(3) Treatment Of Civil Penalty Assessment. – Assessment of a civil penalty under this subsection shall not be considered a conviction for purposes of State or Federal law but may be considered proof of possession if such a determination is relevant.


Straightening out the Credentialing Mess

        The House Coast Guard and Maritime Transportation Committee held several hearings that dealt with the National Maritime Center (NMC) blunders in administering the “credentialing” program.  The Coast Guard officials in charge of the program were held directly accountable by Congress for their mistakes.  We were at the hearing in Washington.  We saw it happen.


[NMA Comment: Nothing in our memory has so completely alienated our mariners from the Coast Guard as the events that occurred at the National Maritime Center during and after its move to Martinsburg, WV.]


        Our Association submitted two reports to Congressional oversight committees, #R-429-D to the 110th Congress and #R-429-D, Rev. 1 to the 111th Congress that described their intolerable treatment of our mariners.  These reports were submitted to Congress as our Association’s prepared testimony on July 9, 2009.  Nor were individual mariners at all reticent in speaking with countless Senators and Representatives during this period.


Section 613 – Oaths

        Previously, a mariner had to take an oath “before a designated official.”  Traveling long distances to appear before the “designated official” proved to be a problem with the new business practices adopted in credentialing mariners.  Your signature on your application reflects a more modern approach as does a substantial penalty for making a false statement to a federal agent.


Section 614 – Duration of Credentials

        A “credential” (formerly known as license, MMD, z-card, or certificate of registry) is supposed to be valid for 5 full years.  Although it may be issued up to 8 months in advance of expiration, it will not be effective until the existing credential expires.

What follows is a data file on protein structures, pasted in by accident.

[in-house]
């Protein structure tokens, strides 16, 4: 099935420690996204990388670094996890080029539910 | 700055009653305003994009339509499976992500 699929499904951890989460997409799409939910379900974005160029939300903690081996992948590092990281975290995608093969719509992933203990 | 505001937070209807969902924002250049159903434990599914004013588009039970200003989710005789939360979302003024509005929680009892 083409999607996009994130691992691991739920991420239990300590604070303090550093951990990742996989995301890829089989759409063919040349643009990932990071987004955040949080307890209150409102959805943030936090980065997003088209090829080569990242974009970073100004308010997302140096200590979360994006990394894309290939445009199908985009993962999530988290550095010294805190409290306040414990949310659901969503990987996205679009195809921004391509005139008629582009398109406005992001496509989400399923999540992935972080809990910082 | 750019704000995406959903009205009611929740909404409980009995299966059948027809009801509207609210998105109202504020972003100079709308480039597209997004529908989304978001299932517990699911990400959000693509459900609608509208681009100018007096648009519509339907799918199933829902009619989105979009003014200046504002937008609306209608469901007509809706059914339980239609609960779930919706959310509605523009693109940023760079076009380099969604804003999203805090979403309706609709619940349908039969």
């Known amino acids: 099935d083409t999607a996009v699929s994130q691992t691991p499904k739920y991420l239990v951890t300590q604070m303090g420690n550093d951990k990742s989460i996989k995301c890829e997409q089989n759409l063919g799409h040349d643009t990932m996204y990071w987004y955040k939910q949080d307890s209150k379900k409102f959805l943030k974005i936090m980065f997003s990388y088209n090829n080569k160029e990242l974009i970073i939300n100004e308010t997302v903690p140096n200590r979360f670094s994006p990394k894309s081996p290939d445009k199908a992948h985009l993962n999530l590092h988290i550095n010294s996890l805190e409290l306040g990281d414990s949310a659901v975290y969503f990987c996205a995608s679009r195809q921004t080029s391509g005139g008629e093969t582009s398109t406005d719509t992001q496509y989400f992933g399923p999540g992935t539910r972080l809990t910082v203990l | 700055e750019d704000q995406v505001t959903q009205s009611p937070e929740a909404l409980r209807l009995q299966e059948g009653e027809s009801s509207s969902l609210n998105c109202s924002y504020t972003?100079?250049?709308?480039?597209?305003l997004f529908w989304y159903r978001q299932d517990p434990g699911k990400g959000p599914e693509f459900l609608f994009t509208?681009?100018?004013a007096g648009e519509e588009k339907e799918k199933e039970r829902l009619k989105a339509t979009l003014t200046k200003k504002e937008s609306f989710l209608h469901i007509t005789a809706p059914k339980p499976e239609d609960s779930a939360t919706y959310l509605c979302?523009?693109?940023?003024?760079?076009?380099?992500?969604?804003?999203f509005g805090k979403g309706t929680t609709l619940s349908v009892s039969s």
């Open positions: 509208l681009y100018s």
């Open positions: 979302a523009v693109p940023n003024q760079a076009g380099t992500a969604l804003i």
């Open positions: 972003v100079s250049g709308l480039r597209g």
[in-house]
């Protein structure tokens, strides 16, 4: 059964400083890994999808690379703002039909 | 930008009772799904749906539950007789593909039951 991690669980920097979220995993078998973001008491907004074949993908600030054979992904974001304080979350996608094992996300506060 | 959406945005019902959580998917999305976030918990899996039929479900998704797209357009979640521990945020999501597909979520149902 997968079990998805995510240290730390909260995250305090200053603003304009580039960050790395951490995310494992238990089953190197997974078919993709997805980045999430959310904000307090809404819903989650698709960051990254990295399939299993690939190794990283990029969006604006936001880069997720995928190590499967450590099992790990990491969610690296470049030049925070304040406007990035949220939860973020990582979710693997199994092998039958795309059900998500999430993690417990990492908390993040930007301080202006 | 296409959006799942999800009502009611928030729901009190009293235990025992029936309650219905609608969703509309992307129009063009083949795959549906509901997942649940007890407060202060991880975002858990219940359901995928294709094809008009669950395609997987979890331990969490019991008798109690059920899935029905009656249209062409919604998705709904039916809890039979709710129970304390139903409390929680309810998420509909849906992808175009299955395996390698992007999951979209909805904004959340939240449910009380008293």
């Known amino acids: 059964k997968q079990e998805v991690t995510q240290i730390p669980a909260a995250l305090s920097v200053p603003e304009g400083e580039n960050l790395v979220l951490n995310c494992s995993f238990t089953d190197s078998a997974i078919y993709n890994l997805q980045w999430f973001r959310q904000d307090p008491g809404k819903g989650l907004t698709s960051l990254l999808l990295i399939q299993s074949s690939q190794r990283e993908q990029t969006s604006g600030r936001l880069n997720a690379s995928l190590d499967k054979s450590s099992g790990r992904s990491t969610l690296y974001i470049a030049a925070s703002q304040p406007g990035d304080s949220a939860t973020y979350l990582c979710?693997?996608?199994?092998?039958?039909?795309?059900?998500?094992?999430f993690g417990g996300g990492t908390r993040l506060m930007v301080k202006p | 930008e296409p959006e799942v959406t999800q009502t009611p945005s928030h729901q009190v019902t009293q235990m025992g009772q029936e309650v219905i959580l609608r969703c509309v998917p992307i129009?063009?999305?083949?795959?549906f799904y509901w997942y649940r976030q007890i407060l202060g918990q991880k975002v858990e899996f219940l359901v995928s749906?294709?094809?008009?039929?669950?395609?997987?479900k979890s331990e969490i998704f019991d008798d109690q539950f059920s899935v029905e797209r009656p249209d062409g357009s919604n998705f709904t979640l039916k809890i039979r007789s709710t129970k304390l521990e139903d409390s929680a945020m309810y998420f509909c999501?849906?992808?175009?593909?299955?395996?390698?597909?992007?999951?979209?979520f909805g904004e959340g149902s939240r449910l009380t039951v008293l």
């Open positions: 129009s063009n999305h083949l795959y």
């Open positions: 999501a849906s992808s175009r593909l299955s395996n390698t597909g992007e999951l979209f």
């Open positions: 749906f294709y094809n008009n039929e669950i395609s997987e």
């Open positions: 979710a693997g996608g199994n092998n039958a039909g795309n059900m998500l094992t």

The new law still uses the older terminology.  Nevertheless, the Coast Guard “got the message” and began to apply this change during the past year or so – but you had to ask them to do so specifically and well in advance of issuance.


Section 615 – Extending the Duration of Credentials

        Although the Coast Guard’s credentialing problems were evident well before the arrival of Hurricane Katrina on Aug. 29, 2005, the loss of REC New Orleans with its records and work in progress brought about a backlog of work that took years to clear.  Section 614 will allow the (DHS) Secretary to extend for not more than one year an expiring credential to eliminate a backlog in processing such as occurred in 2008-09 or in response to a national emergency or natural disaster.  Such an extension may be granted to individual seamen or to a specifically identified group of seamen.


Section 616 – Merchant Mariner Assistance Report

        Here is the wording of the section….

“Not later than 180 days after the date of enactment of this Act, the Commandant of the Coast Guard shall submit to the Committee on Transportation and Infrastructure of the House of Representatives and the Committee on Commerce, Science, and Transportation of the Senate a report regarding the feasibility of –